Monday, 23 January 2017

Book Reviews - Good stuff

I'm going to start with the more memorable ones, because they stuck out in my memory and made me want to read more. I remember their characters and plots and felt they did their job in letting me escape reality for a while.

Magic of Thieves: Legends of Dimmingwood series by C Greenwood.  This is your standard fantasy trope, which was something I desperately needed that day. I believe I picked this one up from Fussy Librarian. First book was permafree and sucked me right in. "Magic of Thieves" is the first book and tells the story of Ilan. Through Bad Things happening, she finds herself a member of a band of thieves, and thus grows up as one of them.

I found the voice and style smooth and easy to read. The characters were nicely rounded and interacted well. I only wish there had been more body to the plot.

Recommendation:  Yes, I'd recommend this. It was pleasant.  I'd like to read the rest of the series.

However... the rest of the series is exclusive to Amazon.  Many authors are doing this, and it's really annoying me. They'll throw up the first book on all platforms (including my beloved Kobo), but the rest of the series is only on Amazon.  And yes, while I could download a Kindle reader for my laptop, the whole reason I got an ebook reader was because it's easy on my eyes. I can only stand staring at a computer monitor for so many hours before I get headaches.  I've got to really, really like a book series to risk a headache so I can read it Amazon-exclusive.  (Zon, you have much to answer for for your stupid exclusivity practices, and your inability to only allow an author to set a free pricepoint if you're price-matching from another platform. Shame!)

Still, I am considering purchasing the rest.

Helga: Out of Hedgelands (Wood Cow Chronicles, #1)  by Rick Johnson. A fresh YA take on anthropomorphic animals. Helga is a Wood Cow who barely escaped slavers, and ends up growing up in a bayou. Eventually she's reunited with her father and brother, though mother was captured by slavers.   When her brother ends up giving the middle finger to the Hedgelands High One (aka self-centred king), said High One banishes her whole clan.  Another one selected from Fussy Librarian.

I liked this fresh read and had fun with the voice. The characterisation was deep and interesting. The plot, however, was rather episodic. While one tale tied in to another through various threads, there wasn't much of an uberplot. Most of the stories function very well as standalones. They are beautiful within themselves, and provided a pleasant thirty minutes of reading.  I loved the little stories, but if I were to read too many of them in a row without some sort of master plan, I might start finding them tedious.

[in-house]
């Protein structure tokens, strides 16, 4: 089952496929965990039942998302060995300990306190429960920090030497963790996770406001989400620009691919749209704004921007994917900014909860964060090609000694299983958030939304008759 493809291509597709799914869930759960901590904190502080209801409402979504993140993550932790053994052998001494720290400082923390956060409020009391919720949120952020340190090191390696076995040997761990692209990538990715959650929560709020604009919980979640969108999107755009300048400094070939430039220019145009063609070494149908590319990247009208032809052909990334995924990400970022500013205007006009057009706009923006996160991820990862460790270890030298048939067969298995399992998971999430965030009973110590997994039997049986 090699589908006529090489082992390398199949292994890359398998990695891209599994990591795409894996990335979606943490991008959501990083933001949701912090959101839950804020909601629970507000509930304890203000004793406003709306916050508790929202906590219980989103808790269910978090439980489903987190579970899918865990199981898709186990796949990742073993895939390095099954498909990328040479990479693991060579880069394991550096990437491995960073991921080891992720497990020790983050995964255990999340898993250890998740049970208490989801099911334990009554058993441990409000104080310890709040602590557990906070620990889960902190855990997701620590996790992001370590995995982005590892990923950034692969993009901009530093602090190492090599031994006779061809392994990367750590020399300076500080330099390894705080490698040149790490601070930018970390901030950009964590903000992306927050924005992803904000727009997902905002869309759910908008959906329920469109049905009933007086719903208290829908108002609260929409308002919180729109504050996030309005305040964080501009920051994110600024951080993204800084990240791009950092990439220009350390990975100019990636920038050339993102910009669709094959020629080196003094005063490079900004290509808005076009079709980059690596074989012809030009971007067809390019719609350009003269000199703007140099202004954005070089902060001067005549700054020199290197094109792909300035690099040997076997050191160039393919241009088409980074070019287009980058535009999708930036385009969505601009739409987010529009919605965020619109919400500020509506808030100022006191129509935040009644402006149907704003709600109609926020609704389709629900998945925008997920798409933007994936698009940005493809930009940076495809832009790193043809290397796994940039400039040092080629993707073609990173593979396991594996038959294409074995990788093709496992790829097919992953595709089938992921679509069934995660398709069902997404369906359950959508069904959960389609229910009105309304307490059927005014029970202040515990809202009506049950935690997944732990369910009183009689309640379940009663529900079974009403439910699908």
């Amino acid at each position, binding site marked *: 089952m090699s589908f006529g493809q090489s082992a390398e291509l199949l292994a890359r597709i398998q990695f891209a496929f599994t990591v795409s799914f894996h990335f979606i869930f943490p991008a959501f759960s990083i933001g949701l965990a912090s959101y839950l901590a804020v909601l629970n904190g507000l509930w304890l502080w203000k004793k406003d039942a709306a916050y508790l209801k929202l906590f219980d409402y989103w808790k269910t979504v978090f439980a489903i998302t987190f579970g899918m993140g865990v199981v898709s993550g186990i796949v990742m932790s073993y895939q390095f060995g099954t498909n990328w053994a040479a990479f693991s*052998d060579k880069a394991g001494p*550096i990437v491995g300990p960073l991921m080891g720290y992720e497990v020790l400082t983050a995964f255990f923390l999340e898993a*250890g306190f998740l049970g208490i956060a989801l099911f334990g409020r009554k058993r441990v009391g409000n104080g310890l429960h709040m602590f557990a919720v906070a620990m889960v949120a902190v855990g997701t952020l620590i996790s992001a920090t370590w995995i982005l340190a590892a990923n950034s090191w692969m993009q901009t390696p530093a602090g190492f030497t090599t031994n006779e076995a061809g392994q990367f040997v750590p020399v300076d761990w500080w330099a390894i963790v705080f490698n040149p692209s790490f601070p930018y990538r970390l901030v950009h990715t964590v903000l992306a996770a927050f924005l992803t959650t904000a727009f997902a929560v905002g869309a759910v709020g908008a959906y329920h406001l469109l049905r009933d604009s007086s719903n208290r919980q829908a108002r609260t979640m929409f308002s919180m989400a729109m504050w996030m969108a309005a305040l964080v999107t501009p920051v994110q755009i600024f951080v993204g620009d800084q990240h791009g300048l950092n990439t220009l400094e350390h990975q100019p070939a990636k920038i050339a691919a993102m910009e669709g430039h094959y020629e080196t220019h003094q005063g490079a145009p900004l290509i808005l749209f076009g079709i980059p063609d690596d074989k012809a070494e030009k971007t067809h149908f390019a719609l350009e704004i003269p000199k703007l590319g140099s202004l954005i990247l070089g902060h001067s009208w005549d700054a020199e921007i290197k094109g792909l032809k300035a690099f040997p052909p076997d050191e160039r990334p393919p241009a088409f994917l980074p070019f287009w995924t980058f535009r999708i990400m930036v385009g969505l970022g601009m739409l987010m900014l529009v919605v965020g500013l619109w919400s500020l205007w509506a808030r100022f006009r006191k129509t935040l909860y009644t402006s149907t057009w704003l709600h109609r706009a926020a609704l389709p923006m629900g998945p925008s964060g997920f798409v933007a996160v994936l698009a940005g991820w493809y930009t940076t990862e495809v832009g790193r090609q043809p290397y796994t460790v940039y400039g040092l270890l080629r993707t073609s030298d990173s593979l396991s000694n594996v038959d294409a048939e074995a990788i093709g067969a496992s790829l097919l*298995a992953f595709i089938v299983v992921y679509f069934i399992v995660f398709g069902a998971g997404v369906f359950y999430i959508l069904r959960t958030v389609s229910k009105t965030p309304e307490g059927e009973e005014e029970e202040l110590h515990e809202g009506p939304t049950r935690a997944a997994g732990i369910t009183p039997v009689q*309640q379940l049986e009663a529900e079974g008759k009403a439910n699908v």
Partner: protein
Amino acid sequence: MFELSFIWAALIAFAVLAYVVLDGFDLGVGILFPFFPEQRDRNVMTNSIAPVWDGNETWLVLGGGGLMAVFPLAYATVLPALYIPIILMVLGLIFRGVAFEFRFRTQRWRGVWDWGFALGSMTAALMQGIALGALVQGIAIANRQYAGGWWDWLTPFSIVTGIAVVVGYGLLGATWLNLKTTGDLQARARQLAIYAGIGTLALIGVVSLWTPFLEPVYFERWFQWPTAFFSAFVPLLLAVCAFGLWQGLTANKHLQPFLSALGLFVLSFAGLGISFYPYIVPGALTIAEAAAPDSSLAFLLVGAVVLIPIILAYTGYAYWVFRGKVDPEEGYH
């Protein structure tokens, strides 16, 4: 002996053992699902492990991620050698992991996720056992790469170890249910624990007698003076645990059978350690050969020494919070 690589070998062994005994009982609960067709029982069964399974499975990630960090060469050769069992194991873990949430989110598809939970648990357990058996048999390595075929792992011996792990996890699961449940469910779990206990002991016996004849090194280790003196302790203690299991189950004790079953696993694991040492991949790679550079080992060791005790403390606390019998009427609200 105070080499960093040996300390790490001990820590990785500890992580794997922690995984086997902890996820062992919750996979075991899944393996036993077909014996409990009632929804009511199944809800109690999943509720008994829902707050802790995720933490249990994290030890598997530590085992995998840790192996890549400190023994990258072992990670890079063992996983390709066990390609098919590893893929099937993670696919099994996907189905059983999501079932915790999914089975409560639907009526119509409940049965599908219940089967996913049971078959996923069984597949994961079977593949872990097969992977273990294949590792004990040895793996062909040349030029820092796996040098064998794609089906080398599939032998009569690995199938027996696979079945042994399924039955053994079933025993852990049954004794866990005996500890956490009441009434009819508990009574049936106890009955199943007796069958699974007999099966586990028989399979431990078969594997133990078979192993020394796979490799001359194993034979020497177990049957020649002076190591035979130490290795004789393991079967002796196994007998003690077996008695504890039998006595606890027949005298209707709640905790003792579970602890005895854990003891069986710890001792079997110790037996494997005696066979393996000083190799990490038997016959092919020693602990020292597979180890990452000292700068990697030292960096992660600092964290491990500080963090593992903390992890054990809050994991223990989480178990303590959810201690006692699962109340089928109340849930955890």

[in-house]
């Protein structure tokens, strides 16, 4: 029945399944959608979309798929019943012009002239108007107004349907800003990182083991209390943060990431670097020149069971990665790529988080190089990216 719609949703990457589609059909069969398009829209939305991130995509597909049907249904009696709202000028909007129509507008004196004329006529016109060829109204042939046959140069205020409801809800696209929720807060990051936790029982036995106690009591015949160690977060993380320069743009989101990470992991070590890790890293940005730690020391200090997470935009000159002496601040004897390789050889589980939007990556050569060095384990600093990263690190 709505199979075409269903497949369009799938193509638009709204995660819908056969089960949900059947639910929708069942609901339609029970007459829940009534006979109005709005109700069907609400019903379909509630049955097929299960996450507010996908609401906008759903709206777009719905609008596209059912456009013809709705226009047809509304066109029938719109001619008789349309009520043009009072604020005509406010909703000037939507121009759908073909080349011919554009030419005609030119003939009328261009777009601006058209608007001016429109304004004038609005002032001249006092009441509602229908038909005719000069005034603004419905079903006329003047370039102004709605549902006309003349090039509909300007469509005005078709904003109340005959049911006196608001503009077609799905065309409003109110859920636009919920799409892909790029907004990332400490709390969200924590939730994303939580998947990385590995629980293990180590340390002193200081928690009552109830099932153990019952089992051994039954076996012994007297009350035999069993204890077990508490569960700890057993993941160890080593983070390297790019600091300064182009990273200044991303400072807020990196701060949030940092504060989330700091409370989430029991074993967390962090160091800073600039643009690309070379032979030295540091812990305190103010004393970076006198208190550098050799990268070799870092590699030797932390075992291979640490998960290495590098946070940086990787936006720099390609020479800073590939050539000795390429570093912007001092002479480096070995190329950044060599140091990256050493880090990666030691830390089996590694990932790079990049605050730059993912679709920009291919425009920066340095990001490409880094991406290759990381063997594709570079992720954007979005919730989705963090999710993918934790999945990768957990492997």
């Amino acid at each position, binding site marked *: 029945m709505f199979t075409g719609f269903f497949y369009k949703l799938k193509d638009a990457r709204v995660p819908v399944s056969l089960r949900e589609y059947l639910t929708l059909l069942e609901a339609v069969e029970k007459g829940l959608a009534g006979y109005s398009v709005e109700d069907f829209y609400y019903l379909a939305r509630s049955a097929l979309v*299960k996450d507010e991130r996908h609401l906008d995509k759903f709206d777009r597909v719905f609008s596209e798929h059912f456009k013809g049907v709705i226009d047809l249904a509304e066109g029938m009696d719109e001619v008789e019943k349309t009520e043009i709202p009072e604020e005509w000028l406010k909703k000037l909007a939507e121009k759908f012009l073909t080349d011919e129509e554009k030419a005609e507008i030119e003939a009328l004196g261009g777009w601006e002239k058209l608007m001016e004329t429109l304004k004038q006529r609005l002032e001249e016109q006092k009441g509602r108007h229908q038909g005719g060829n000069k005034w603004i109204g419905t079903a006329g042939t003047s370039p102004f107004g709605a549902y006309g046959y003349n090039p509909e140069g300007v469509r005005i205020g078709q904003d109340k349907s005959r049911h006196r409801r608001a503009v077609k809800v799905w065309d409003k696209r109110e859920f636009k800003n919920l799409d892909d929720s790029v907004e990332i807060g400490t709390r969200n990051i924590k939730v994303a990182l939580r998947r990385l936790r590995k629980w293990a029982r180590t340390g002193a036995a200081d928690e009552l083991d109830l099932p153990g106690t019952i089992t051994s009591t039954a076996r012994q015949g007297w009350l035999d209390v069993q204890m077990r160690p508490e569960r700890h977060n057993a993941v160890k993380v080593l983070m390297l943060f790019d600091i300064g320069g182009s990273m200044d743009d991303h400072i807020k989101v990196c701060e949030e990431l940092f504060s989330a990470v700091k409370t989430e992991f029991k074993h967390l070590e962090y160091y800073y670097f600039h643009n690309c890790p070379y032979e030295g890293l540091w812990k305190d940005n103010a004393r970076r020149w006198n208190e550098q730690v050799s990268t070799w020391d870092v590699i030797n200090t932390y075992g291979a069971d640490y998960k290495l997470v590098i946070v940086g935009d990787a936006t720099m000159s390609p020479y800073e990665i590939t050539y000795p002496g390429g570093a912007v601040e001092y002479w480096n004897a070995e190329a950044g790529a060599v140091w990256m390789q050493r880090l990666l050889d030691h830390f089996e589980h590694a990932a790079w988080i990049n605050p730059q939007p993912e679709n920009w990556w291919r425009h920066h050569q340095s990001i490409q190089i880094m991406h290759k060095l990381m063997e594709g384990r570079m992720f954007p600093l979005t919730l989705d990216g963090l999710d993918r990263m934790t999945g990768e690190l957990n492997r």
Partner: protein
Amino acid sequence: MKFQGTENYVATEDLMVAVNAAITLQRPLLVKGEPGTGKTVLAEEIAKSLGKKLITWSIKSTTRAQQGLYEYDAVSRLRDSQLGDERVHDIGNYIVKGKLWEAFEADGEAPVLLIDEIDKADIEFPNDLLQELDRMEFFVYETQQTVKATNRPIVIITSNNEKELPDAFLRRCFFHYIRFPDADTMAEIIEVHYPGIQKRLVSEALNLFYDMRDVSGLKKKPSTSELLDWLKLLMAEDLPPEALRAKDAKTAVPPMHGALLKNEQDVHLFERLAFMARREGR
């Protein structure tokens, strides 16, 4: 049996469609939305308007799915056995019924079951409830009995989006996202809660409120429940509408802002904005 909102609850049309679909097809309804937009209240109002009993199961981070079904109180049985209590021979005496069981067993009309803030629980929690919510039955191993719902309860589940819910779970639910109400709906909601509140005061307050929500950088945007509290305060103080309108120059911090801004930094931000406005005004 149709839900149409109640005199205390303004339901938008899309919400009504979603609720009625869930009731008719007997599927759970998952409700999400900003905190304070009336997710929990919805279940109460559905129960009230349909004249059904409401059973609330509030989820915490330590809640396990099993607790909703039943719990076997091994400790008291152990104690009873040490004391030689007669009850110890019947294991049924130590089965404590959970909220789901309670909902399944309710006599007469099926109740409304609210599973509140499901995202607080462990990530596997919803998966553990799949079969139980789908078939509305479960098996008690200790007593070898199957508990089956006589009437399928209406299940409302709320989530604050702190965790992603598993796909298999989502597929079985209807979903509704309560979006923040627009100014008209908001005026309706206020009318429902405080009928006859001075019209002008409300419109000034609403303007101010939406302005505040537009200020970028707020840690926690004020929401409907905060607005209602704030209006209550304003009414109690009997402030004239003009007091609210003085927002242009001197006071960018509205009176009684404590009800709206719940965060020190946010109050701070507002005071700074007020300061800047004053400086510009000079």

It felt like this series was pantsed (aka organic, aka written without any prior plotting). The next book in the series sounds like there's more of an uberplot. I'm willing to give it a go. There's also a third and a fourth, should my plotty goodness wishes come true.

Recommendation:  Yes, quite. Recommended for readers who like characters with a bit of sass.  Also, extra blessings to the author for having the next few books available on Kobo.

The Midnight Sea: The Fourth Element series by Kat Ross.  This takes place during the Mediterranean Classical era when Alexander the Great conquers the world and Zarathustra was the Zoroastrian prophet. That said, this book had a delightful otherworldly feel, which I love in my fantasy.

Magical beings called daevas (djinni) are bonded to humans through enchanted cuffs (think sul-dam and damane), and together they hunt necromancers and demons and other nasties that an evil queen has sent to plague the kingdom.

This had a nice plot with a few twists and turns. I like that in my stories. Turn a few facts on their heads and I'm yours.

Recommendation:  Sure. But here's another one who's gone Amazon exclusive. Shame, as I really wanted to read "Blood of the Prophet", as this plot is upping its ante nicely.  If only my Kobo reader could handle .mobi. (It doesn't, alas.)

The Unflappable Miss Fairchild: Uncommon Courtships (or Rogues and Rakes, depending on your version) series b Regina Scott.  When I want true escapism with a clinical dose of optimism, I'll turn to trusty old Regency Romance.

Miss Anne Fairchild is a character that will go with the flow, does not feel constrained by societal mores, yet will not compromise her values easily. Chas Prestwick is a second son who acts a bit of the rake. When the two meet, they individually consider changing their ways.

I loved this story, for when a misunderstanding came up, the two of them talked it out, instead of doing the whole prideful hurt-ish silent treatment. That bodes well for me to believe their HEA will be truly E.A.  If the rest of the books are as well-thought-out as this one, I'm happy to read the rest of the series.

Now, when I say series, know that a series in romance is not the same as a series in Fantasy.  Pros: I am guaranteed a complete plot arc in a single book.  Cons: no sweeping three-book sagas giving me a universe in which I can lose myself for a week.

Recommendation:  Yep. This was a good choice. Am considering buying more of her books, though the price point is making me balk. At least she's got plenty of books available on Kobo.

Her Grace loves a well-written book. 

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